A team of scientists have recently invented the world’s first biodegradable wood-made semiconductor chip.
As electronics have gained ground in our contemporary societies, so has e-waste. As a matter of fact, when we dispose of used electronics, they do not get biodegraded; they thus constitute a waste of space, as well as pollutants in the form of the toxic chemicals they contain. Consequently, we now have a total of 41.8 million tonnes of e-waste dumped all across the globe. To counter this growing problem, scientists from the US have invented a biodegradable high-performance semiconductor chip made of wood. The research is described in a paper published in the journal Nature Communications.
“The majority of material in a chip is support. We only use less than a couple of micrometers for everything else,” one of the team members, engineer Zhenqiang Ma from the University of Wisconsin-Madison, said in a statement.”Now the chips are so safe you can put them in the forest and fungus will degrade it. They become as safe as fertiliser.”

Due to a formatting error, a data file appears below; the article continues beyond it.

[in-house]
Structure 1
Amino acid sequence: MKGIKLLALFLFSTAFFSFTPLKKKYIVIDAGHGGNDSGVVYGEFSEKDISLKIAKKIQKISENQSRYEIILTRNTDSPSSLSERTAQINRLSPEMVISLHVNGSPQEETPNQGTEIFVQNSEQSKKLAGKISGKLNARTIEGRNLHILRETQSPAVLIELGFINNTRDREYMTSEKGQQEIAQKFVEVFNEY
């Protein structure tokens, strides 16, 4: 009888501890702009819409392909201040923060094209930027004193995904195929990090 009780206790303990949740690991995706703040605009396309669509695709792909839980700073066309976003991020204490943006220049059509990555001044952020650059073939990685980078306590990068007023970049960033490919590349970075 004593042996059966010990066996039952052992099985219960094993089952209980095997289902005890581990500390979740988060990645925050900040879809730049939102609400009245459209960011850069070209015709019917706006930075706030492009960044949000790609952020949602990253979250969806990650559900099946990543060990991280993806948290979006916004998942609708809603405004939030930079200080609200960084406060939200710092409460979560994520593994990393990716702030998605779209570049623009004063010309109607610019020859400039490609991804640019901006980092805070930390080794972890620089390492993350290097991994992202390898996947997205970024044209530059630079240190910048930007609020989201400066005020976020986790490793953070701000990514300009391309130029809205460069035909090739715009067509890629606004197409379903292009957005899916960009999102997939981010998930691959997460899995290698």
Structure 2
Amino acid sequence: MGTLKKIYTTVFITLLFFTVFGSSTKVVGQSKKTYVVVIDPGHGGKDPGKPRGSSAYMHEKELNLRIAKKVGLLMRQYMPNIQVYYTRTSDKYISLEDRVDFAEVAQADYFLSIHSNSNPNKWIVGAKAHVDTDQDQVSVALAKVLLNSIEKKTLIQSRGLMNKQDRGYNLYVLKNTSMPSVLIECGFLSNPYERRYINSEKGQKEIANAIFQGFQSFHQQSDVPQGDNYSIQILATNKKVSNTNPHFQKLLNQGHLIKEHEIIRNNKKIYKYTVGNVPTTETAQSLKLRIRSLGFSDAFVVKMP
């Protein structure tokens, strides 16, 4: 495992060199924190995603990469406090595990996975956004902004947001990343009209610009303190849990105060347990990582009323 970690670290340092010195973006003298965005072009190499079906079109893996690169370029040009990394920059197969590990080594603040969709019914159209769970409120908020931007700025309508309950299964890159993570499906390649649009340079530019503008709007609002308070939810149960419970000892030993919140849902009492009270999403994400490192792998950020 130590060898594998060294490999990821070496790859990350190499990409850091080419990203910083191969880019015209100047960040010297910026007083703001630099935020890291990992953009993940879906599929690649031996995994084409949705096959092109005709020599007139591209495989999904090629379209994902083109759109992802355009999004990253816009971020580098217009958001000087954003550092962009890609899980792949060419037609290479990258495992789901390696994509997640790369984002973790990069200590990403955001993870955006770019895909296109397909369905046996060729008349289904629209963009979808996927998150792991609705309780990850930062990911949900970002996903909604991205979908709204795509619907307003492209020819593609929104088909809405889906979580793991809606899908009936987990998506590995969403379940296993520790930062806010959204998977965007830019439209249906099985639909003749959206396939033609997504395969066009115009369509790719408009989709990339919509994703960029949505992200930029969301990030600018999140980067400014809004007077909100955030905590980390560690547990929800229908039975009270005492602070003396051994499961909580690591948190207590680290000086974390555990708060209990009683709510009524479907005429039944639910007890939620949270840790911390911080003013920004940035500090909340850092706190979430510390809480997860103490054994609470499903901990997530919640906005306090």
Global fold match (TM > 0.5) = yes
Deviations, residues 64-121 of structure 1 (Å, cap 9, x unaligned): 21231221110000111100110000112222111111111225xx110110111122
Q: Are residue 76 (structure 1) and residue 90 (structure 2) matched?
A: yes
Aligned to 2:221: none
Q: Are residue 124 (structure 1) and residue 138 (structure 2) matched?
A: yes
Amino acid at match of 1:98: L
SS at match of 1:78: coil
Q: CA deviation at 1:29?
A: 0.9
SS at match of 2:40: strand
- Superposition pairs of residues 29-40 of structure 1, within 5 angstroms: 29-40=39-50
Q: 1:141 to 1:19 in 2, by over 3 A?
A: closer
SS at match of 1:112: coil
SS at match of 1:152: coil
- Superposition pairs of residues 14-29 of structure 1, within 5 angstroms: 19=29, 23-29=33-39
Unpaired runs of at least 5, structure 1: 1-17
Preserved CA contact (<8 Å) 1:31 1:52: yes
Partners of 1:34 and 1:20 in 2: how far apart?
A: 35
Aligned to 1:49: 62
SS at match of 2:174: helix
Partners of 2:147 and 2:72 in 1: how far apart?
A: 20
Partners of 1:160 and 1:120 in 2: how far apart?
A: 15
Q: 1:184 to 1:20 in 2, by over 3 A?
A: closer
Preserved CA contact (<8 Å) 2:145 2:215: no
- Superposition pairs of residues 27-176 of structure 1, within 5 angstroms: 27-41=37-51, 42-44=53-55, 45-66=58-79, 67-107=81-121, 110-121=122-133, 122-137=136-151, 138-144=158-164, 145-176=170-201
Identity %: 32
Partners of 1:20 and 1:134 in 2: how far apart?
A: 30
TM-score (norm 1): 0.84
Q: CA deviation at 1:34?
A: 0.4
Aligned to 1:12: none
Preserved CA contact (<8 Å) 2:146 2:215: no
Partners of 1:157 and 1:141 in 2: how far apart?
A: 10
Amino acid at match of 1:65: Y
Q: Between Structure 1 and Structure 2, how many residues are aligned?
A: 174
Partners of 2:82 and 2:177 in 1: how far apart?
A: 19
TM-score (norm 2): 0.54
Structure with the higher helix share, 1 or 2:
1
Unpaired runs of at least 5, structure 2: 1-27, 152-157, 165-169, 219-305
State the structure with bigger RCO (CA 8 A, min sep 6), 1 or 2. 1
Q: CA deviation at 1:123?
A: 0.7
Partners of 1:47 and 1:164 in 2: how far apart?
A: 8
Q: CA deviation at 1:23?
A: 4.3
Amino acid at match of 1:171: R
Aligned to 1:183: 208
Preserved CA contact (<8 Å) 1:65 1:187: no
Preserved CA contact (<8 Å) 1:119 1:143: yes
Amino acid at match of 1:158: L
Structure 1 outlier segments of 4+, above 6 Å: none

The usual support layer of the ‘green’ chip is substituted with a flexible and biodegradable layer of cellulose nanofibril (CNF). CNF, derived from wood broken down to its nanoscale fibers, is strong and transparent. CNF was found to be the ideal material to use as support later for the chip: it is smooth, and has the capacity to expand with heat.
“You don’t want it to expand or shrink too much. Wood is a natural hydroscopic material and could attract moisture from the air and expand,” said Shaoqin Gong, one of the researchers. “With an epoxy coating on the surface of the CNF, we solved both the surface smoothness and the moisture barrier.”
Another author, Yei Hwan Jung, commented on their work as follows:-
“I’ve made 1,500 gallium arsenide transistors in a 5-by-6 millimetre chip. Typically for a microwave chip that size, there are only eight to 40 transistors. The rest of the area is just wasted. We take our design and put it on CNF using ‘deterministic assembly technique’, then we can put it wherever we want and make a completely functional circuit with performance comparable to existing chips.”
The scientists hope that their invention will be used by electronics companies in the future.
“Mass-producing current semiconductor chips is so cheap, and it may take time for the industry to adapt to our design,” said Ma. “But flexible electronics are the future, and we think we’re going to be well ahead of the curve.”